Advanced in Molecular Mechanisms of Atherosclerosis: From Lipids to Inflammation

Anna Meiliana, Nurrani Mustika Dewi, Andi Wijaya


BACKGROUND: Atherosclerosis is a leading cause of vascular disease worldwide. During the past several decades, landmark discoveries in the field of vascular biology have evolved our understanding of the biology of blood vessels and the pathobiology of local and systemic vascular disease states and have led to novel disease-modifying therapies for patients. This review is made to understand the molecular mechanism of atherosclerosis for these future therapies.

CONTENT: Advances in molecular biology and -omics technologies have facilitated in vitro and in vivo studies which revealed that blood vessels regulate their own redox milieu, metabolism, mechanical environment, and phenotype, in part, through complex interactions between cellular components of the blood vessel wall and circulating factors. Dysregulation of these carefully orchestrated homeostatic interactions has also been implicated as the mechanism by which risk factors for cardiopulmonary vascular disease lead to vascular dysfunction, structural remodeling and, ultimately, adverse clinical events.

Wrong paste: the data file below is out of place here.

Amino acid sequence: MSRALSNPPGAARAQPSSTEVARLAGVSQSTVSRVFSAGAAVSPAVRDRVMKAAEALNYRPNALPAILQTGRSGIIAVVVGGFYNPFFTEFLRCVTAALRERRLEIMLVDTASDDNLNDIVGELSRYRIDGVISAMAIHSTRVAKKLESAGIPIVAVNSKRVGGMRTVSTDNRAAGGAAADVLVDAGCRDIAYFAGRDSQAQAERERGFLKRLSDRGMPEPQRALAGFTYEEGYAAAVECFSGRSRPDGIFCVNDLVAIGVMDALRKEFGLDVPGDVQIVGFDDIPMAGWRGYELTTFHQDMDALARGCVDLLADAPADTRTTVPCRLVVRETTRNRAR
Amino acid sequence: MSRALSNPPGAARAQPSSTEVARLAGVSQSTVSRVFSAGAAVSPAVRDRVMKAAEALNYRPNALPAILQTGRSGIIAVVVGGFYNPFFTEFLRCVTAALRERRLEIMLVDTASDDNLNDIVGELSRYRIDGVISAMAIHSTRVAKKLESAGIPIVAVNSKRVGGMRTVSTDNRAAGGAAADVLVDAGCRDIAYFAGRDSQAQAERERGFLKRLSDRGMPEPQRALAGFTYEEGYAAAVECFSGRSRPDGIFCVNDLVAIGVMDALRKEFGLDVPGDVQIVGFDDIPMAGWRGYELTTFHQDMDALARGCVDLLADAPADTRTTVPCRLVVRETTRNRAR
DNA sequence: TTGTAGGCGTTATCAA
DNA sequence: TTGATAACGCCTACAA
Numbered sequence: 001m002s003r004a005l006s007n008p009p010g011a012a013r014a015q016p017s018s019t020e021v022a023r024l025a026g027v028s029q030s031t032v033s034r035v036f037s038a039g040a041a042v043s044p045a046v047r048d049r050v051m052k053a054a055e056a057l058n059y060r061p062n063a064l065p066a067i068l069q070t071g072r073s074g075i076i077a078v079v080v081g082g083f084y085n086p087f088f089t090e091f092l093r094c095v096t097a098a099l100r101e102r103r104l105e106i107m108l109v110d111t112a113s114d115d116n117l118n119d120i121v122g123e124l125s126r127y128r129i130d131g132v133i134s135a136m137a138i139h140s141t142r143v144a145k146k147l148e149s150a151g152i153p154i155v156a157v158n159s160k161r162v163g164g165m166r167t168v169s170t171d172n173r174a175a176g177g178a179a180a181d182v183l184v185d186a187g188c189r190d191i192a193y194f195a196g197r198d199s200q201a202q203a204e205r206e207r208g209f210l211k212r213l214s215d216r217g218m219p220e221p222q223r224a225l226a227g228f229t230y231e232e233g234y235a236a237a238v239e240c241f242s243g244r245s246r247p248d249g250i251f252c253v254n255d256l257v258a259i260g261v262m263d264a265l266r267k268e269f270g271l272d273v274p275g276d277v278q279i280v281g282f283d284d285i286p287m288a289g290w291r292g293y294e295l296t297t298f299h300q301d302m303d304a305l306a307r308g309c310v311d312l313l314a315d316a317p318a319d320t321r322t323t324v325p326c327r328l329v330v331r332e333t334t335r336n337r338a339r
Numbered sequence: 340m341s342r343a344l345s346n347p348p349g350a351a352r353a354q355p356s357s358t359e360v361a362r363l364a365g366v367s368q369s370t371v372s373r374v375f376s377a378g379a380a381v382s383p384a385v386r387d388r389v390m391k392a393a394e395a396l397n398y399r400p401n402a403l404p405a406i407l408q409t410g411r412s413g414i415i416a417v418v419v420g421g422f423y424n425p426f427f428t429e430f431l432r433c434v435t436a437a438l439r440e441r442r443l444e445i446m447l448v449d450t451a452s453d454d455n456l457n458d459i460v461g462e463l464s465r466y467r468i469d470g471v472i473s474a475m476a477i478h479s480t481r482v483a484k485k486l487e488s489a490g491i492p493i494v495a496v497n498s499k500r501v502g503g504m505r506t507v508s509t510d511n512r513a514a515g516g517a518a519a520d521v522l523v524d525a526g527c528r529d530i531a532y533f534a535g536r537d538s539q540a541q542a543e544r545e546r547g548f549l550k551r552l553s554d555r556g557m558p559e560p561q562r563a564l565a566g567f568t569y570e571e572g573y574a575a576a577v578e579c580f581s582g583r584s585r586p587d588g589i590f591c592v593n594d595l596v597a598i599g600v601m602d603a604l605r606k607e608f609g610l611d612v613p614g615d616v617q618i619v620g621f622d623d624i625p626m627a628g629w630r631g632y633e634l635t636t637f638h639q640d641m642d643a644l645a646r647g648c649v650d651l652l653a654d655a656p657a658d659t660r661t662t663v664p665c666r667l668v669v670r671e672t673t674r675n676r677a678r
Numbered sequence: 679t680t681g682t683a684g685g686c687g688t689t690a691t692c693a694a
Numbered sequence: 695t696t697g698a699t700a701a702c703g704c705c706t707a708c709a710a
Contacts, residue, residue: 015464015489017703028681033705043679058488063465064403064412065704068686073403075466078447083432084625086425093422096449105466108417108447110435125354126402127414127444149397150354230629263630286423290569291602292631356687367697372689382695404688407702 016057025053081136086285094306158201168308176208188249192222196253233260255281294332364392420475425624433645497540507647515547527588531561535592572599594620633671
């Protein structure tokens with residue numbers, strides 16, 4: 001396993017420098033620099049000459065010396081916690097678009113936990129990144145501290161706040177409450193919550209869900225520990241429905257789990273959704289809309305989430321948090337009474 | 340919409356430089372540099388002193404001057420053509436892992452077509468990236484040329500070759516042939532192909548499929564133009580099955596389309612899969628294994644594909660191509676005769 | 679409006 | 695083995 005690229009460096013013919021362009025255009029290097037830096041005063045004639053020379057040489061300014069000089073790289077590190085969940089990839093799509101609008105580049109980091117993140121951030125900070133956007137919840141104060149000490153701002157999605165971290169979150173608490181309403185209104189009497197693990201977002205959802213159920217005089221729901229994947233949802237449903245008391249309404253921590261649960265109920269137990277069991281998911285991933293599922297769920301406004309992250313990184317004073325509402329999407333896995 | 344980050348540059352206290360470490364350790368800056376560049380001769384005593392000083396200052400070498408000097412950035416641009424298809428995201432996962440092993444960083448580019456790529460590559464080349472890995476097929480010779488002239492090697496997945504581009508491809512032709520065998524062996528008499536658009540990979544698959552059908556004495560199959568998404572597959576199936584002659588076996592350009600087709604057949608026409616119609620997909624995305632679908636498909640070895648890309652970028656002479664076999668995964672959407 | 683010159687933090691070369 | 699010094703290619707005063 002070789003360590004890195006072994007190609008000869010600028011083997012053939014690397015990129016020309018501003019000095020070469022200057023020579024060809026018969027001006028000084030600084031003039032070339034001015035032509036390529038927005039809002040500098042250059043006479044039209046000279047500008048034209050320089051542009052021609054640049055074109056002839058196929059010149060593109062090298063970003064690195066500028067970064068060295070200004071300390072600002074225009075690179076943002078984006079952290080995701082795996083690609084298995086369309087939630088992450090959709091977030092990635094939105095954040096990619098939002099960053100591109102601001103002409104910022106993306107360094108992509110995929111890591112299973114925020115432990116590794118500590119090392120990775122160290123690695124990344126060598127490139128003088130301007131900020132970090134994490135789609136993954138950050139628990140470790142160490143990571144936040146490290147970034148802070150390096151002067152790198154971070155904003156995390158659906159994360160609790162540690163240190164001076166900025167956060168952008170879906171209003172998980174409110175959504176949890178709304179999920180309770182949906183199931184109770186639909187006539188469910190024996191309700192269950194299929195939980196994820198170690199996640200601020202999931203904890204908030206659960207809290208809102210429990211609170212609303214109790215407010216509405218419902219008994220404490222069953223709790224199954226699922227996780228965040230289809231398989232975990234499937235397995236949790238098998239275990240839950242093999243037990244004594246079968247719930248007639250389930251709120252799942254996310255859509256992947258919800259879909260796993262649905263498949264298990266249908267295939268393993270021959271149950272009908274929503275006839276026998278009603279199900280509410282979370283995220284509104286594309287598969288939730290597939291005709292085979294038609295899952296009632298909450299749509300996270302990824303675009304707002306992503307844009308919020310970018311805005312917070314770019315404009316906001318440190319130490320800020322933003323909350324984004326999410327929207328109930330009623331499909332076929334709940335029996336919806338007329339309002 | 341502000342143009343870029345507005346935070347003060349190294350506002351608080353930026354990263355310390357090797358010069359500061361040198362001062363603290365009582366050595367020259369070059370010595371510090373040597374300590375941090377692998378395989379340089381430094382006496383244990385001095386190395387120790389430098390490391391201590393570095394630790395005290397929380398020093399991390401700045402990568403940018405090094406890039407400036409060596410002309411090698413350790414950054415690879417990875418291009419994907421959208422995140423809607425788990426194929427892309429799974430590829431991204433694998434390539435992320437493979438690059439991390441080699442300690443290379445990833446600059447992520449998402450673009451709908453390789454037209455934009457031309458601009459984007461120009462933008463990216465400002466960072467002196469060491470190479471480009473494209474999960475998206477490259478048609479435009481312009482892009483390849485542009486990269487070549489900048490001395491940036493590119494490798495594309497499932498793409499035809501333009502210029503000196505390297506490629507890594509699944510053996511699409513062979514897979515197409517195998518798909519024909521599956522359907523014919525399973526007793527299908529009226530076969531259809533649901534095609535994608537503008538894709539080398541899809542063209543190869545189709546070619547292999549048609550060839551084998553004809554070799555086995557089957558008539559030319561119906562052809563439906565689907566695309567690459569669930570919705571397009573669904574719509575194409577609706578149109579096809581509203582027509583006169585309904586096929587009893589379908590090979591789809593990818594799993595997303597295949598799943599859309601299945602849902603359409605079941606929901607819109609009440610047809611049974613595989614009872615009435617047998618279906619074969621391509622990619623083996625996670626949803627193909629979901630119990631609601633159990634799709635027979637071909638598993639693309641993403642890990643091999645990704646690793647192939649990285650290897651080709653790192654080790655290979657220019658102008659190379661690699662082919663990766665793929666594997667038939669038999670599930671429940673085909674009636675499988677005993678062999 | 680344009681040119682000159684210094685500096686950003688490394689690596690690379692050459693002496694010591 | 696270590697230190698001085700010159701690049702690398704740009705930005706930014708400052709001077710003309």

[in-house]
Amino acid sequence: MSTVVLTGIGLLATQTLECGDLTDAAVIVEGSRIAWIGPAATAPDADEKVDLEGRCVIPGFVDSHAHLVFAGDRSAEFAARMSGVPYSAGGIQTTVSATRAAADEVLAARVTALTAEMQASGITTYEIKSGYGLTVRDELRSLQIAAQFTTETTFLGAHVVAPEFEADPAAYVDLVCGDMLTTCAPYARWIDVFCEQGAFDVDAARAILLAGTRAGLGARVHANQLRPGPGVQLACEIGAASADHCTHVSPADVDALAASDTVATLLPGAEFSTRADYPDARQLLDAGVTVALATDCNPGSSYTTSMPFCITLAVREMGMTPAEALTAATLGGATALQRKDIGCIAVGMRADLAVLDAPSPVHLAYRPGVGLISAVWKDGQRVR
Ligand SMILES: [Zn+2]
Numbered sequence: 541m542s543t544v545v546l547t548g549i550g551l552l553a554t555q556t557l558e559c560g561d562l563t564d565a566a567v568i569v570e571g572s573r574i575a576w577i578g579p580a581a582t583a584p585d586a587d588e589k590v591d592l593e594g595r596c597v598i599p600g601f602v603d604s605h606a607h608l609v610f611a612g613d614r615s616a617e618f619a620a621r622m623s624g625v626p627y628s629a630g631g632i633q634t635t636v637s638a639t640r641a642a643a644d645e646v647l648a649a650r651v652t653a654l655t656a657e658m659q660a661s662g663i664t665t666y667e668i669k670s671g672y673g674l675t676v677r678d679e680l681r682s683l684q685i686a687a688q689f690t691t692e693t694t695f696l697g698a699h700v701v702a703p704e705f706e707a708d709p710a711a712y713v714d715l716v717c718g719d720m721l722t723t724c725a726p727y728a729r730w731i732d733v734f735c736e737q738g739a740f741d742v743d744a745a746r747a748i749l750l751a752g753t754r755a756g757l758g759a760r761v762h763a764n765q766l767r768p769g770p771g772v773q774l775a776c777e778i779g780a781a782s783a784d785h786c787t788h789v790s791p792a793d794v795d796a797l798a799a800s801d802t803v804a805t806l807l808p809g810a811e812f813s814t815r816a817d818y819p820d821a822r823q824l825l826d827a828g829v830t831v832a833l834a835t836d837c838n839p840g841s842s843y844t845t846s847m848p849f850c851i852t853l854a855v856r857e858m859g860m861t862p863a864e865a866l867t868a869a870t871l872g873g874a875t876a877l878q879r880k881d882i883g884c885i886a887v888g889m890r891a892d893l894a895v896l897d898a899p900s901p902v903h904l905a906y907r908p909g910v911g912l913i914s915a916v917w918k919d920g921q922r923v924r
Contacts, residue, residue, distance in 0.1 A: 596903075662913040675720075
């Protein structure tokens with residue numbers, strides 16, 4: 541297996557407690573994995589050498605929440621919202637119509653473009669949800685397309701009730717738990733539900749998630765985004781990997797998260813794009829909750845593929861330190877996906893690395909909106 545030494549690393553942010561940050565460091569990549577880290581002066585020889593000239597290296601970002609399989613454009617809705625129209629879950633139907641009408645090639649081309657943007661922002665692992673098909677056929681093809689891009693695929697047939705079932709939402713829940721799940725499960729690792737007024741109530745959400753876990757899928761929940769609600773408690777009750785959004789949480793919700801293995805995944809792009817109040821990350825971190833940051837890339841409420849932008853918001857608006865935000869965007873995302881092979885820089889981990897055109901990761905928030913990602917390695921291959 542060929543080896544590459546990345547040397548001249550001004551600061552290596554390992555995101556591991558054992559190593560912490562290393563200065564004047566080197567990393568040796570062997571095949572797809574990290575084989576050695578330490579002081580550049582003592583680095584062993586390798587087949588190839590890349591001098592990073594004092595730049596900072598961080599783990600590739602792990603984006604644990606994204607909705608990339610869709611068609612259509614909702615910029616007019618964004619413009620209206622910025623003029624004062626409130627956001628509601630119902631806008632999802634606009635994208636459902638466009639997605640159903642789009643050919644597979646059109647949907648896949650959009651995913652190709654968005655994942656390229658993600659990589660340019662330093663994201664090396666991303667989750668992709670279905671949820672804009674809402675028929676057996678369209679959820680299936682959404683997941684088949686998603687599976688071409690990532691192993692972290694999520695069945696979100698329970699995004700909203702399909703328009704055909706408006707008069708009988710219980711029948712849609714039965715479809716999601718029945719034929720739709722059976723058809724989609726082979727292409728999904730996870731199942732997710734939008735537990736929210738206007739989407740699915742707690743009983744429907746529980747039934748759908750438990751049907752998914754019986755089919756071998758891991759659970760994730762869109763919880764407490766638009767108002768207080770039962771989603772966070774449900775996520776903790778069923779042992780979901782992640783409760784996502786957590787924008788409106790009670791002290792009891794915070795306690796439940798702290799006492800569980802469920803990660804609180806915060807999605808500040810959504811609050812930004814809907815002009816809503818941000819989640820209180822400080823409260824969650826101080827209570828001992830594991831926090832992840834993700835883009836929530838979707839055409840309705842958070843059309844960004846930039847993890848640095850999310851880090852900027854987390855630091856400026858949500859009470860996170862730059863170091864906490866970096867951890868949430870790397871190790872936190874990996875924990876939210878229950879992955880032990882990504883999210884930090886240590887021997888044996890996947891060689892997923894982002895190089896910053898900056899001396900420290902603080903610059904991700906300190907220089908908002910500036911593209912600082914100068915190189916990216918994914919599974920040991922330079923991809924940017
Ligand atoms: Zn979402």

SUMMARY: Atherosclerosis is a heterogeneous disease, despite a common initiating event of apoB-lipoproteins. Despite of acute thrombotic complications, an adequate resolution response is mounted, where efferocytosis prevents plaque necrosis and a reparative scarring response (the fibrous cap) prevents plaque disruption. However, a small percentage of developing atherosclerotic lesions cannot maintain an adequate resolution response, which leading to the formation of clinically dangerous plaques that can trigger acute lumenal thrombosis and tissue ischemia and infarction.

KEYWORDS: atherosclerosis, oxidative stress, inflammation, efferocytosis, foam cells, thrombosis

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